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Google beware, Facebook has more positions to fill

Two big names sit atop the social networking heap: MySpace and Facebook. Facebook is set on growing and is adding seasoned executives from very well-known players in the internet world to make its growth happen.

To fund its growth and give it the needed capitol to hire seasoned managers away from giants like Google required significant funds. Part of these funds came from Microsoft in late 2007 when it invested $240 million in Facebook. Estimates put the revenue generated by Facebook at $150 million per year with the majority of that income stemming from online advertising. However, reports claim that Facebook is spending more than it is making at this time.

Facebook doesn’t expect to be in the red for long and it grabbing serious managerial talent like the former Google star Sheryl Sandberg, the executive responsible for managing the $15 billion behemoth that is Google’s online advertising business. Sandberg took the chief operating officer spot with Facebook.

Sandberg’s departure pushed Google’s stock price to its lowest point in a year. Facebook has its sights set on more than managerial talent and has been hiring away some of Google’s best engineers like Benjamin Ling as well.

Google and other internet companies might want to be sure their key employees are happy; Forbes reports that Facebook is on the prowl again looking to fill a few more key positions within the company.  Facebook is looking to hire a new general counsel and a vice president of communications and public policy.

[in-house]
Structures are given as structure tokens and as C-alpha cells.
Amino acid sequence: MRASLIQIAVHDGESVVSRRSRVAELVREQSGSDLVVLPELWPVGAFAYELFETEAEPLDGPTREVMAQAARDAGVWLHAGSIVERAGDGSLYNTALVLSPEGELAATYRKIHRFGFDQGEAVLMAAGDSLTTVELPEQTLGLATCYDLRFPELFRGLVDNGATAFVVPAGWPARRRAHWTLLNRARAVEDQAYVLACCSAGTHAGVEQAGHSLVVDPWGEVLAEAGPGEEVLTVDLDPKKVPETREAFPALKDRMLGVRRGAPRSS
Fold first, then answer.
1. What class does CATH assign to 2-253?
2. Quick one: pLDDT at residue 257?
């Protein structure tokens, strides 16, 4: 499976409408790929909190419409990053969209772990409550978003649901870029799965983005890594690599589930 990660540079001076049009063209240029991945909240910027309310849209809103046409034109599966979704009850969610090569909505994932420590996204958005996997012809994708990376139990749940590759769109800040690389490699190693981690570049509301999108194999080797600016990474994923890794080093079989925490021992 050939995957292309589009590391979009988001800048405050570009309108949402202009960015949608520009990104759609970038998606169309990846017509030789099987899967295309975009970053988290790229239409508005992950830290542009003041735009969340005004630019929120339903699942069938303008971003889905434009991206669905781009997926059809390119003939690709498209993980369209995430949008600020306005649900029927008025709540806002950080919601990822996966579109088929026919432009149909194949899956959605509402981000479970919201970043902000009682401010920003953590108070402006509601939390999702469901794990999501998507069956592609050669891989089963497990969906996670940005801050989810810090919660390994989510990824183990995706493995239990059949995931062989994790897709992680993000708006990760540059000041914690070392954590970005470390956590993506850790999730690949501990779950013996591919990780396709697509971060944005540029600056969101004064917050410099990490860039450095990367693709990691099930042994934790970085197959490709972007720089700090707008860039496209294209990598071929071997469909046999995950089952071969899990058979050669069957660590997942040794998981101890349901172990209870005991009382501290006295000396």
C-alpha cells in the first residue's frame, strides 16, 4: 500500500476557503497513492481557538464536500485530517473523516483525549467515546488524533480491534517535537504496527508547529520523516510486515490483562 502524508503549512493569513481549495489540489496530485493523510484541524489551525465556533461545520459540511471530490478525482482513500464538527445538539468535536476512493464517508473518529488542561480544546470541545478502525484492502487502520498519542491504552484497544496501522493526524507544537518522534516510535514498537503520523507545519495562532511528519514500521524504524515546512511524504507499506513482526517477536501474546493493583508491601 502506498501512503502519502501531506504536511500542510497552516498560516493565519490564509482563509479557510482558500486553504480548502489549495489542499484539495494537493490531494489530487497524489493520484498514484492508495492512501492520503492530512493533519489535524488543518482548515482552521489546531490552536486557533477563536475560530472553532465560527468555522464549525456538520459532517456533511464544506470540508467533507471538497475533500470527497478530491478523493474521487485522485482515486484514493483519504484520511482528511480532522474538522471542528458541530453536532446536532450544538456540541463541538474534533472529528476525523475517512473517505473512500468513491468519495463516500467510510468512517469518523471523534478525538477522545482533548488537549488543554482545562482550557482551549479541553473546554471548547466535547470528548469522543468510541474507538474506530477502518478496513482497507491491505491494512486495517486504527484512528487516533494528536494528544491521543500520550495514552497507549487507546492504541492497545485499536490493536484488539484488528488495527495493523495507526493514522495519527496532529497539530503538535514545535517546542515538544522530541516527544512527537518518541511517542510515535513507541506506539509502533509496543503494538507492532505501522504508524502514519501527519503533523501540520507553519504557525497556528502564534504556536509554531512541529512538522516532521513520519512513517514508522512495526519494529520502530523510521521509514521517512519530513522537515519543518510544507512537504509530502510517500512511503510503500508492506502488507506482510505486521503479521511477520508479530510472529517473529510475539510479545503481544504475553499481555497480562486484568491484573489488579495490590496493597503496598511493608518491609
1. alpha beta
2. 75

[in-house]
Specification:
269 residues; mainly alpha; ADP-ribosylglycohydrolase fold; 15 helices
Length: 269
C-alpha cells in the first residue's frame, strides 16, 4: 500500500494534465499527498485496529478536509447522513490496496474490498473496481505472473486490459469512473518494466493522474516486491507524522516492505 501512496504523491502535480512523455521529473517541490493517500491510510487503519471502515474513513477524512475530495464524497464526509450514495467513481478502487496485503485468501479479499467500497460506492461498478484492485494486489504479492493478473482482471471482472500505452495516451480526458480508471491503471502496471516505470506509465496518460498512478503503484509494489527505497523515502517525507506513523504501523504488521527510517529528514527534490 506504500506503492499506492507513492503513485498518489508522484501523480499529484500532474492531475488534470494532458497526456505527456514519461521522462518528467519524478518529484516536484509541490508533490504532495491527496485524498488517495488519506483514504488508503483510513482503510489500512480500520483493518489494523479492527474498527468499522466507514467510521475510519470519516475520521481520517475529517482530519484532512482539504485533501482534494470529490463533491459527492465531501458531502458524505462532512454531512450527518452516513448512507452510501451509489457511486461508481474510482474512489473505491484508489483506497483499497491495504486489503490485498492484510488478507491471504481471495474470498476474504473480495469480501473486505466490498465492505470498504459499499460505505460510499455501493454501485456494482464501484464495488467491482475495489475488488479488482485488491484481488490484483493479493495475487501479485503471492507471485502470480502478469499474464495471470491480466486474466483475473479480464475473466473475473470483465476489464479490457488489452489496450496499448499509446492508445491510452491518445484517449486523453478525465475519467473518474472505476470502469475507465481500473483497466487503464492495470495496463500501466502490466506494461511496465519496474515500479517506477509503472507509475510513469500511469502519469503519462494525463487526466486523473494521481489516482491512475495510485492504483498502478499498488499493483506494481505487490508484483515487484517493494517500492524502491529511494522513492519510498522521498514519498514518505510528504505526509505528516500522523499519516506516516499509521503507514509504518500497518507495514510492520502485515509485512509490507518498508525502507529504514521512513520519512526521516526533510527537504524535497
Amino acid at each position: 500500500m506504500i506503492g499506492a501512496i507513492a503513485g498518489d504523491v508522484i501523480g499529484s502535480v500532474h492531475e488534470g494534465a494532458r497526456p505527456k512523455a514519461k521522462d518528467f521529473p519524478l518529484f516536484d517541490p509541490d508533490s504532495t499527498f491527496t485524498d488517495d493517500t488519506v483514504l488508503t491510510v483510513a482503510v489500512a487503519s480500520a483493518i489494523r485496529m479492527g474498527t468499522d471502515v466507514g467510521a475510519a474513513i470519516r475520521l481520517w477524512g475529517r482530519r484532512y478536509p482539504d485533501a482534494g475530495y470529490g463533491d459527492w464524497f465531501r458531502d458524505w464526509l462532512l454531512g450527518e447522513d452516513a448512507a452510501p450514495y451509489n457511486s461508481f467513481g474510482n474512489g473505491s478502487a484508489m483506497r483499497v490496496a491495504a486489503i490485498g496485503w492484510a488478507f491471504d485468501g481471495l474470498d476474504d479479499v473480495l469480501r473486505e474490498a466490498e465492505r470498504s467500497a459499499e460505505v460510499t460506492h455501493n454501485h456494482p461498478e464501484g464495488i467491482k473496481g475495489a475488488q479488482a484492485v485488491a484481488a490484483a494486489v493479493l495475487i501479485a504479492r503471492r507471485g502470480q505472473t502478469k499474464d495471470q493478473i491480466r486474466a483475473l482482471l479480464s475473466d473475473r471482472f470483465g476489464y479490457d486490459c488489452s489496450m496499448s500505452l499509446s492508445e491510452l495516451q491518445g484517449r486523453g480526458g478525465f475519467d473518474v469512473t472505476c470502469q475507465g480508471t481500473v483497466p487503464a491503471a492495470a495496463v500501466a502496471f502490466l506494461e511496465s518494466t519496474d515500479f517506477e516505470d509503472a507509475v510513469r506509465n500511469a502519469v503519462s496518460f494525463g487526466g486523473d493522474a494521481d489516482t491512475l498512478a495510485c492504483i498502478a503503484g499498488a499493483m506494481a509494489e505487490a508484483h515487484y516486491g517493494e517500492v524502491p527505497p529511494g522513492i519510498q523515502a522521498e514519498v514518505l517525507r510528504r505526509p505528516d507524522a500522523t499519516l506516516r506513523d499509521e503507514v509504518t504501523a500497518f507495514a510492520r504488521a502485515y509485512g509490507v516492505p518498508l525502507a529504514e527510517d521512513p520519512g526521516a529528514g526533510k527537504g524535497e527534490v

The one spot that isn’t open at Facebook right now is the top spot. Founder and CEO Mark Zuckerberg intends to hold on to the job, though he has admitted in the past the CEO spot was harder than he imagined. The 23-year-old Zuckerberg has by all accounts performed well as the CEO of Facebook taking the company from a startup to a valuation at the time Microsoft bought in of $15 billion.

Whether or not Zuckerberg remains the best man for the CEO position at Facebook remains to be seen. A recent report found that social networking sites like Facebook needed to become more useful to really make money.

History shows that internet companies that start off with the founder as CEO tend to need more experienced leaders as time goes by. Good examples of this are Google, Yahoo and eBay. All three companies saw their founders step down and more seasoned leaders step into the CEO spots. Facebook may find that it needs a new leader if it is to become more useful in the future.





"It looks like the iPhone 4 might be their Vista, and I'm okay with that." -- Microsoft COO Kevin Turner






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